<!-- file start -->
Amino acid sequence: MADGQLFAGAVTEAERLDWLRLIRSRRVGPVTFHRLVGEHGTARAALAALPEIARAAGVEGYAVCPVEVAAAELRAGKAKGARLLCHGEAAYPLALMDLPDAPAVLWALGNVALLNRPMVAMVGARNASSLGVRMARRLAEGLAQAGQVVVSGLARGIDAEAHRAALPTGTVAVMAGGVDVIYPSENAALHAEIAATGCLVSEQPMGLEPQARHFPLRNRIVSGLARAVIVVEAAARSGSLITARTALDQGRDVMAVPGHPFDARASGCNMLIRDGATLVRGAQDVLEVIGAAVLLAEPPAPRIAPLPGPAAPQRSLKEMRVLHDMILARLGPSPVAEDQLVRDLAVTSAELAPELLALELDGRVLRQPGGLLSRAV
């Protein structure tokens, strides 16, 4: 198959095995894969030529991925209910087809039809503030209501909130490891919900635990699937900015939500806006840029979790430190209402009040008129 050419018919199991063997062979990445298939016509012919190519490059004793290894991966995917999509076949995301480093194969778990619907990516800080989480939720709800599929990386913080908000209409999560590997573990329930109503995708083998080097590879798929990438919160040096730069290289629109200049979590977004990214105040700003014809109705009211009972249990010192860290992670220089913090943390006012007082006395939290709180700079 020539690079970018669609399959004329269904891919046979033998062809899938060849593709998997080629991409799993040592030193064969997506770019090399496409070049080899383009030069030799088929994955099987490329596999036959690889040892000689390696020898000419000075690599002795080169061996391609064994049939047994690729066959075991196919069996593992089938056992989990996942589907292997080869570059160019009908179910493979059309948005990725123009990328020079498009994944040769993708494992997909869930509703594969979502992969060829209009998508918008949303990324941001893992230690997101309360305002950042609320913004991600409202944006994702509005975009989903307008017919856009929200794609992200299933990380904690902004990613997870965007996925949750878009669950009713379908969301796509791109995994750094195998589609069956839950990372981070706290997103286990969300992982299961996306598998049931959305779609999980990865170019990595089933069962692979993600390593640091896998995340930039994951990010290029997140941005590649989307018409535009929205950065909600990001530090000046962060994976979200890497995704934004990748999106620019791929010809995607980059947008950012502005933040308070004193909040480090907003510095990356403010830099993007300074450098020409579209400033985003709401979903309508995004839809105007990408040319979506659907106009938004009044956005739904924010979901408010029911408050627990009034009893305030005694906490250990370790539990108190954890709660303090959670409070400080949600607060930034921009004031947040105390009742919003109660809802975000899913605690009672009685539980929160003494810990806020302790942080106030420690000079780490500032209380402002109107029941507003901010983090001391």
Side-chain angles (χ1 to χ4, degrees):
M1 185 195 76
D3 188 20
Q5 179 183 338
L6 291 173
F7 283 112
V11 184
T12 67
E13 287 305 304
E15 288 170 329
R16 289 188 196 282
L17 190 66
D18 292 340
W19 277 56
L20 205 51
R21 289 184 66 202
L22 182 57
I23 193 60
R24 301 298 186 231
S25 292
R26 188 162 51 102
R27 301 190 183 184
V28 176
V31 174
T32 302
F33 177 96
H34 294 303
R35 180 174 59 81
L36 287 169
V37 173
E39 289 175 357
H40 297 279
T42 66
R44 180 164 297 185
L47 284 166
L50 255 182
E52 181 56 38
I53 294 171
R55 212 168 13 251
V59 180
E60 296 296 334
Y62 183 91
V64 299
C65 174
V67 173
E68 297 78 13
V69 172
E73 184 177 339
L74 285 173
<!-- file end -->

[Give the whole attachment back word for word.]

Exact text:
Amino acid sequence: MADGQLFAGAVTEAERLDWLRLIRSRRVGPVTFHRLVGEHGTARAALAALPEIARAAGVEGYAVCPVEVAAAELRAGKAKGARLLCHGEAAYPLALMDLPDAPAVLWALGNVALLNRPMVAMVGARNASSLGVRMARRLAEGLAQAGQVVVSGLARGIDAEAHRAALPTGTVAVMAGGVDVIYPSENAALHAEIAATGCLVSEQPMGLEPQARHFPLRNRIVSGLARAVIVVEAAARSGSLITARTALDQGRDVMAVPGHPFDARASGCNMLIRDGATLVRGAQDVLEVIGAAVLLAEPPAPRIAPLPGPAAPQRSLKEMRVLHDMILARLGPSPVAEDQLVRDLAVTSAELAPELLALELDGRVLRQPGGLLSRAV
């Protein structure tokens, strides 16, 4: 198959095995894969030529991925209910087809039809503030209501909130490891919900635990699937900015939500806006840029979790430190209402009040008129 050419018919199991063997062979990445298939016509012919190519490059004793290894991966995917999509076949995301480093194969778990619907990516800080989480939720709800599929990386913080908000209409999560590997573990329930109503995708083998080097590879798929990438919160040096730069290289629109200049979590977004990214105040700003014809109705009211009972249990010192860290992670220089913090943390006012007082006395939290709180700079 020539690079970018669609399959004329269904891919046979033998062809899938060849593709998997080629991409799993040592030193064969997506770019090399496409070049080899383009030069030799088929994955099987490329596999036959690889040892000689390696020898000419000075690599002795080169061996391609064994049939047994690729066959075991196919069996593992089938056992989990996942589907292997080869570059160019009908179910493979059309948005990725123009990328020079498009994944040769993708494992997909869930509703594969979502992969060829209009998508918008949303990324941001893992230690997101309360305002950042609320913004991600409202944006994702509005975009989903307008017919856009929200794609992200299933990380904690902004990613997870965007996925949750878009669950009713379908969301796509791109995994750094195998589609069956839950990372981070706290997103286990969300992982299961996306598998049931959305779609999980990865170019990595089933069962692979993600390593640091896998995340930039994951990010290029997140941005590649989307018409535009929205950065909600990001530090000046962060994976979200890497995704934004990748999106620019791929010809995607980059947008950012502005933040308070004193909040480090907003510095990356403010830099993007300074450098020409579209400033985003709401979903309508995004839809105007990408040319979506659907106009938004009044956005739904924010979901408010029911408050627990009034009893305030005694906490250990370790539990108190954890709660303090959670409070400080949600607060930034921009004031947040105390009742919003109660809802975000899913605690009672009685539980929160003494810990806020302790942080106030420690000079780490500032209380402002109107029941507003901010983090001391």
Side-chain angles (χ1 to χ4, degrees):
M1 185 195 76
D3 188 20
Q5 179 183 338
L6 291 173
F7 283 112
V11 184
T12 67
E13 287 305 304
E15 288 170 329
R16 289 188 196 282
L17 190 66
D18 292 340
W19 277 56
L20 205 51
R21 289 184 66 202
L22 182 57
I23 193 60
R24 301 298 186 231
S25 292
R26 188 162 51 102
R27 301 190 183 184
V28 176
V31 174
T32 302
F33 177 96
H34 294 303
R35 180 174 59 81
L36 287 169
V37 173
E39 289 175 357
H40 297 279
T42 66
R44 180 164 297 185
L47 284 166
L50 255 182
E52 181 56 38
I53 294 171
R55 212 168 13 251
V59 180
E60 296 296 334
Y62 183 91
V64 299
C65 174
V67 173
E68 297 78 13
V69 172
E73 184 177 339
L74 285 173